Canada’s healthcare system was ranked 29th out of 30 European nations in the inaugural Euro Canada Health Consumer Index, issued in January by the Frontier Centre for Public Policy (FCPP) & Europe’s Health Consumer Powerhouse (HCP). For Canadians, who have been raised to think that our healthcare system is the greatest in the world, the findings were shocking. Canada came placed at number 23 out of 30 countries, just ahead of a few rising economies in eastern Europe including Slovakia, Romania, Lithuania, Poland, Bulgaria, and Latvia. However, it was still unclear how the healthcare systems in each of our provinces compared to one another. The HCP and FCPP have just issued their annual Canada Health Consumer Index, which rates the quality of healthcare in each province. The research shed light on the current situation of health care in Canada and the wide variations that patients face from one province to the next.
Our research shows that Ontario excels beyond all other provinces in terms of primary care delivery and ranks top in terms of service quality. Although there is space for improvement, especially in lowering waiting times, Ontario has the greatest healthcare in Canada from the standpoint of the customer. The second and third positions are separated by a razor-thin margin, with British Columbia and Nova Scotia. When it came to medical results, the most crucial set of indicators, British Columbia tied for first with Nova Scotia, and when it came to creating an environment where patients’ rights are respected, British Columbia also matched for a second.
Thanks to generous healthcare offerings, second only to Ontario’s, Nova Scotia was able to finish in the top five. Newfoundland is in tenth place on the Index, followed by Saskatchewan, Quebec, and Manitoba. Each of these four provinces has its unique set of strengths and limitations, much as the best achievers used distinct strategies to achieve their results. Newfoundland has a promising track record in patient rights but an abysmal record of medical results and delivers inadequate healthcare to its citizens when compared to the rest of the country. Saskatchewan, on the other hand, has major issues in primary care service, waiting times, and general generosity, despite being quite adept at deploying new drugs.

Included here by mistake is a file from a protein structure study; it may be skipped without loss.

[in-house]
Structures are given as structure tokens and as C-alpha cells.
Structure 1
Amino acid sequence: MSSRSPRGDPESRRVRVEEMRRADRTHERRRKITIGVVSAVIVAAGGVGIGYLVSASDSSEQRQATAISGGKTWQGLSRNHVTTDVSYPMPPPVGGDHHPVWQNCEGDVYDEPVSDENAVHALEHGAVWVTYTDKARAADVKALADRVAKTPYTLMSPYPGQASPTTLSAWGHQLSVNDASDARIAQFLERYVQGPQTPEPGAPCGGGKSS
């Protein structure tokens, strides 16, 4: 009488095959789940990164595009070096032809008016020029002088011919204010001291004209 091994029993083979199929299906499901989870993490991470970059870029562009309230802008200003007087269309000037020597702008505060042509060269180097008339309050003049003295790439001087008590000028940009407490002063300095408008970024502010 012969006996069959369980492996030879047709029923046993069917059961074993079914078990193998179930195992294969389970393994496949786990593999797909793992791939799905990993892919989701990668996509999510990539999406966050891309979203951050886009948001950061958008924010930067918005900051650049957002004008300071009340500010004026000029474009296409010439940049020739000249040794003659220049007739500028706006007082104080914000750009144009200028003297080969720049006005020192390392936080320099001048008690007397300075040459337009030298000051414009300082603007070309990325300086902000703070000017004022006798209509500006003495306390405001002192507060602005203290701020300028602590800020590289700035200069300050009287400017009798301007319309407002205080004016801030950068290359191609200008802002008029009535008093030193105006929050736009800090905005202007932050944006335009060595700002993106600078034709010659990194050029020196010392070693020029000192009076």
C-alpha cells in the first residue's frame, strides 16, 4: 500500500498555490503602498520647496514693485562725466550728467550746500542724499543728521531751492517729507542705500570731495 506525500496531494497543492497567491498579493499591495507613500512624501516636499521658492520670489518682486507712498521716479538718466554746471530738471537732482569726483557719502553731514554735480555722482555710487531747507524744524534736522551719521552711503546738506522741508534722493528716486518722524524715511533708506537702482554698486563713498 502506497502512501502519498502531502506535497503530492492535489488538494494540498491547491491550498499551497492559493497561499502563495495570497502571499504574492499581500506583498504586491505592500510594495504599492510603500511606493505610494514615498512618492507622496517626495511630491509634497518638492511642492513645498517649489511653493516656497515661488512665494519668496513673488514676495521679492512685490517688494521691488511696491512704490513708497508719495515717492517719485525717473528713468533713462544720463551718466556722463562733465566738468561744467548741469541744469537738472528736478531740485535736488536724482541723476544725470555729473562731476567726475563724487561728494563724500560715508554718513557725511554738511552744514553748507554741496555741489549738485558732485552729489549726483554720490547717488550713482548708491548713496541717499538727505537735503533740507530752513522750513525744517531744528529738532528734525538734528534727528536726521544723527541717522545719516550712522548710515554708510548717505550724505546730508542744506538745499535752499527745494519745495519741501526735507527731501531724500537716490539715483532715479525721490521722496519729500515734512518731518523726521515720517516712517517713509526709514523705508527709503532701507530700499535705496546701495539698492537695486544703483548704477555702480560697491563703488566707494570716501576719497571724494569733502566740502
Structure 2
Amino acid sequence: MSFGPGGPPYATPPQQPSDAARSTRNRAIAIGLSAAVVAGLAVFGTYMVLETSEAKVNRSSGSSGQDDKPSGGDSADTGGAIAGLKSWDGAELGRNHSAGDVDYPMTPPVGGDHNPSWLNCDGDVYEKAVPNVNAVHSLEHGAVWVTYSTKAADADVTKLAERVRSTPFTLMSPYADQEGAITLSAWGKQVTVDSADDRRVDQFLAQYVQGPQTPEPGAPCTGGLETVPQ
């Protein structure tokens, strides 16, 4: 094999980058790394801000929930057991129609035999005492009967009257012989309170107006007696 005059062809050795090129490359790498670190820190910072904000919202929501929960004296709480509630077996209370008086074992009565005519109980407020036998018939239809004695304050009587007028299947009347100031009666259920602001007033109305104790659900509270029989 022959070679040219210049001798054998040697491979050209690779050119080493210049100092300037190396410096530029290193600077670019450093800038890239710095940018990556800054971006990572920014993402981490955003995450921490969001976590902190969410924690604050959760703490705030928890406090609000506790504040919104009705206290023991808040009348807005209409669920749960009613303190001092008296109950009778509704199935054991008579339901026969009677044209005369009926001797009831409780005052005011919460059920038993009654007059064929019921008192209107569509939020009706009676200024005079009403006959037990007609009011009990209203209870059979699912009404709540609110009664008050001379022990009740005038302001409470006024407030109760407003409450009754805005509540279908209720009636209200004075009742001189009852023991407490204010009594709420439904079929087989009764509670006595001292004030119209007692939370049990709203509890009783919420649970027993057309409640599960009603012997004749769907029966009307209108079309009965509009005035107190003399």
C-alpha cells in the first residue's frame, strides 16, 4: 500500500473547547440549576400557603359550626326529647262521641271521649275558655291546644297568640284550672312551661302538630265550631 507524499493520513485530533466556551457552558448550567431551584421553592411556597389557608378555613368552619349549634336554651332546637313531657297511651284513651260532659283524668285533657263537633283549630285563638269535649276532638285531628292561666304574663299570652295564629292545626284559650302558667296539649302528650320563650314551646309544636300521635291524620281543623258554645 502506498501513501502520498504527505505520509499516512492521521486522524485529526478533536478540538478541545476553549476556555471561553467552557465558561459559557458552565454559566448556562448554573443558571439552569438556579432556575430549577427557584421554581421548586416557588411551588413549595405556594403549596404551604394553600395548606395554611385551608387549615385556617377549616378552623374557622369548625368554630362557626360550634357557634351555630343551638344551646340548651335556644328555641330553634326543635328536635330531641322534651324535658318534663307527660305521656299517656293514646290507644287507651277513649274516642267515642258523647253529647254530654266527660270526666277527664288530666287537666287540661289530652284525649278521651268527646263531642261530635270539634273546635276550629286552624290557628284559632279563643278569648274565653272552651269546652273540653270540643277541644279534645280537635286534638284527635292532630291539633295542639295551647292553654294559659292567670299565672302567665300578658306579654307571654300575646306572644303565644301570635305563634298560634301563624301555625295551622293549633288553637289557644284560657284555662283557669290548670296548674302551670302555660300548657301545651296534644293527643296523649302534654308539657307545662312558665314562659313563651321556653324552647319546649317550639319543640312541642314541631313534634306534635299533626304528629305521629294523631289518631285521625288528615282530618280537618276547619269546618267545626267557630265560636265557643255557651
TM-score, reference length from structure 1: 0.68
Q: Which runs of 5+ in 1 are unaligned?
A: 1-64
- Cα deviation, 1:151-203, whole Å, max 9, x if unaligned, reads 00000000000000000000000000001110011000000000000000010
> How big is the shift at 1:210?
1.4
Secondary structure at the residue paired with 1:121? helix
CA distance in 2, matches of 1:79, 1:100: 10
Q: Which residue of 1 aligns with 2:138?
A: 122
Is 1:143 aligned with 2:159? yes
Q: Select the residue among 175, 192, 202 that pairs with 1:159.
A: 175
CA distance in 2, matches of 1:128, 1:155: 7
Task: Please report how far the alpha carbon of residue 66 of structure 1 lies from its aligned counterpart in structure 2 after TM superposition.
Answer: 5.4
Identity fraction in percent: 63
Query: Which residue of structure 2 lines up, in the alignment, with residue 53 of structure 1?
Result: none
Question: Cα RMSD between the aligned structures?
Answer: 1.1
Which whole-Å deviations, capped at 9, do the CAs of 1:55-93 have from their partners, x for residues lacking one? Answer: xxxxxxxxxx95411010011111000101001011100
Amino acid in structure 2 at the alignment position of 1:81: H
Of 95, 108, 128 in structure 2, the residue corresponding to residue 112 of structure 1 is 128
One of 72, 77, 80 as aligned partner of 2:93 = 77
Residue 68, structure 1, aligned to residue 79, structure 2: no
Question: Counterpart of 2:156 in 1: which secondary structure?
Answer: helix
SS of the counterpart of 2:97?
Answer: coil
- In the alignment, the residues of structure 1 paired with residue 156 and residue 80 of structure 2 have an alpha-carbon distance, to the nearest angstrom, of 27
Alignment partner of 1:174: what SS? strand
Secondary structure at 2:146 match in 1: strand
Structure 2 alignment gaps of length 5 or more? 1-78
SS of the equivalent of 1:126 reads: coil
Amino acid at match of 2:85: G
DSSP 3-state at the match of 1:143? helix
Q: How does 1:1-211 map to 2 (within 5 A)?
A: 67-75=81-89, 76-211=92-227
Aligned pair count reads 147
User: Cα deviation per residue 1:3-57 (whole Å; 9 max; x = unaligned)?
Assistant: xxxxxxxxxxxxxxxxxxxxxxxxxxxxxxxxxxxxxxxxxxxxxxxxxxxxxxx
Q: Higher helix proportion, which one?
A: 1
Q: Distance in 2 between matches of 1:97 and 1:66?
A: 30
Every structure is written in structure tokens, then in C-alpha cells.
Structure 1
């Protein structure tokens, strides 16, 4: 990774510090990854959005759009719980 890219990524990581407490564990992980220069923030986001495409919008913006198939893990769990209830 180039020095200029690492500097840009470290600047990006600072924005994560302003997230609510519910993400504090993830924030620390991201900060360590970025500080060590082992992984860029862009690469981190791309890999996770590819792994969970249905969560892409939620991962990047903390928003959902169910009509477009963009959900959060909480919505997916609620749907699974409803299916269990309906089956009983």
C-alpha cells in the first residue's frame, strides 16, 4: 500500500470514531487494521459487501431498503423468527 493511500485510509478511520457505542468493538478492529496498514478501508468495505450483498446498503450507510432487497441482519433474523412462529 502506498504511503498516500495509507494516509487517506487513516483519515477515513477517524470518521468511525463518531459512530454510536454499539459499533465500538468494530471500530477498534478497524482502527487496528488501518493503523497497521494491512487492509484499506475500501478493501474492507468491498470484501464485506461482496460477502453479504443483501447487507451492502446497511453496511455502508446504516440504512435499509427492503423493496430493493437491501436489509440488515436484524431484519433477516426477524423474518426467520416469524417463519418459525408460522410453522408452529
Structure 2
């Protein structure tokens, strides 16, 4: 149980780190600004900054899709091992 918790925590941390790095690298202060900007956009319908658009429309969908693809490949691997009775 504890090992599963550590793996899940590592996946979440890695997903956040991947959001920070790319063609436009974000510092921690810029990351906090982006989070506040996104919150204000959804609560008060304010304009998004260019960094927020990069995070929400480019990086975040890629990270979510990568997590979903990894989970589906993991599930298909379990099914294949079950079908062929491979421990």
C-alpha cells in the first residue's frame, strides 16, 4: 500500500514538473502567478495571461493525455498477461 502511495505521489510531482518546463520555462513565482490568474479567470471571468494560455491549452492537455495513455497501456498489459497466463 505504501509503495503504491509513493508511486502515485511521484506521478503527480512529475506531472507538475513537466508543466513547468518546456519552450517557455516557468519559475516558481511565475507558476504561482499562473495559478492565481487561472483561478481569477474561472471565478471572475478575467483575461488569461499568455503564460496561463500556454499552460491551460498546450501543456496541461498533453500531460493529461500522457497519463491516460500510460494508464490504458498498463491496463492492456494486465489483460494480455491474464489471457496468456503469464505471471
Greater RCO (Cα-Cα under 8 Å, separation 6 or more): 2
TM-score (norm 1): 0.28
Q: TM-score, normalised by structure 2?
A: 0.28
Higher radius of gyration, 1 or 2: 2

When it comes to results and primary care, Quebec fares the poorest in Canada, yet the province does exceptionally well in terms of wait times. Primary care in Manitoba is excellent, yet the province ranks only eighth for wait times and last for effective medication utilisation.
There is considerable variation across the country when it comes to healthcare provision, with no two provinces offering the same services. It’s important to remember that even the top-scoring provinces have room for improvement and that no country in the Index has achieved a perfect score in every category.
When compared to their European counterparts, all Canadian provinces have unacceptably long delays for diagnosis and treatment, and the vast majority impose considerable waits and cost hurdles to the effective use of up-to-date drugs, including the top-ranked provinces. Seeing how each state fared in comparison to others in terms of healthcare spending per resident was equally shocking. Both Ontario and British Columbia, the top two finishers overall, also rate highly in the “Bang for the Buck” ranking, implying that they outperform the national average without incurring notably higher costs. Although it ranks seventh overall, Quebec takes second place in the BFB rankings because of its relatively low healthcare costs and average quality of service.
Voters in Quebec will have to decide if they think it’s a smart idea to give off basic medical care for a lower monthly premium. In spite of being in the centre of the pack for overall performance, Alberta ranks ninth for value for money since it has the highest healthcare expenditures per capita but the lowest returns. Rich Alberta pays a relatively small share of its GDP on health care, yet the province also boasts the largest health spending per resident. There was a correlation between expenditure and wait times, which we also discovered.
Manitoba, Alberta, and Saskatchewan, the three provinces with the longest wait times, spend significantly more than the national average, while Quebec, Prince Edward Island, and Nova Scotia, the three provinces with the shortest wait times, spend less than the national average, particularly Quebec and PEI. Based on these findings, it is obvious that a province’s capacity to deliver timely consultations, diagnoses, and treatments is not directly related to its ability to spend vast sums of money on healthcare. It appears that ever-increasing healthcare spending without accompanying fundamental structural improvements is not the answer. Financial considerations are important, but they are not sufficient if we are to improve healthcare overall and reduce waiting times.